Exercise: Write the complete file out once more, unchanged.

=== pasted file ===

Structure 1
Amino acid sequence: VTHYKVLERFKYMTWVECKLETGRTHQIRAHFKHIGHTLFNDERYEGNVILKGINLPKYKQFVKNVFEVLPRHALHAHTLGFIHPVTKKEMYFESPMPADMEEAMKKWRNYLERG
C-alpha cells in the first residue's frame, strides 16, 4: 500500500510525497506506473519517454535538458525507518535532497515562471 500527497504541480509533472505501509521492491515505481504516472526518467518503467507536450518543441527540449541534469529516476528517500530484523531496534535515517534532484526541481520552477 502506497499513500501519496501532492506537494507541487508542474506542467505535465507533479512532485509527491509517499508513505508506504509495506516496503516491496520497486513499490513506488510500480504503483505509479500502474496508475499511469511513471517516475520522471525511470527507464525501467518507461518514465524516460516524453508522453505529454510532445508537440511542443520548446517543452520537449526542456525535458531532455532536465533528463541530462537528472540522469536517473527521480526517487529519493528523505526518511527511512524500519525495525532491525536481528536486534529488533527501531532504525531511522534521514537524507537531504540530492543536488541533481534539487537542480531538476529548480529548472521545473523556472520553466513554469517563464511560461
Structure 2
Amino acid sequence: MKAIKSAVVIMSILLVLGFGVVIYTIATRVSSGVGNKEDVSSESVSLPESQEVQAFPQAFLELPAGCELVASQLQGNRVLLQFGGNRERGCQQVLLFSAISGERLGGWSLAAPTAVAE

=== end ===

Structure 1
Amino acid sequence: VTHYKVLERFKYMTWVECKLETGRTHQIRAHFKHIGHTLFNDERYEGNVILKGINLPKYKQFVKNVFEVLPRHALHAHTLGFIHPVTKKEMYFESPMPADMEEAMKKWRNYLERG
C-alpha cells in the first residue's frame, strides 16, 4: 500500500510525497506506473519517454535538458525507518535532497515562471 500527497504541480509533472505501509521492491515505481504516472526518467518503467507536450518543441527540449541534469529516476528517500530484523531496534535515517534532484526541481520552477 502506497499513500501519496501532492506537494507541487508542474506542467505535465507533479512532485509527491509517499508513505508506504509495506516496503516491496520497486513499490513506488510500480504503483505509479500502474496508475499511469511513471517516475520522471525511470527507464525501467518507461518514465524516460516524453508522453505529454510532445508537440511542443520548446517543452520537449526542456525535458531532455532536465533528463541530462537528472540522469536517473527521480526517487529519493528523505526518511527511512524500519525495525532491525536481528536486534529488533527501531532504525531511522534521514537524507537531504540530492543536488541533481534539487537542480531538476529548480529548472521545473523556472520553466513554469517563464511560461
Structure 2
Amino acid sequence: MKAIKSAVVIMSILLVLGFGVVIYTIATRVSSGVGNKEDVSSESVSLPESQEVQAFPQAFLELPAGCELVASQLQGNRVLLQFGGNRERGCQQVLLFSAISGERLGGWSLAAPTAVAE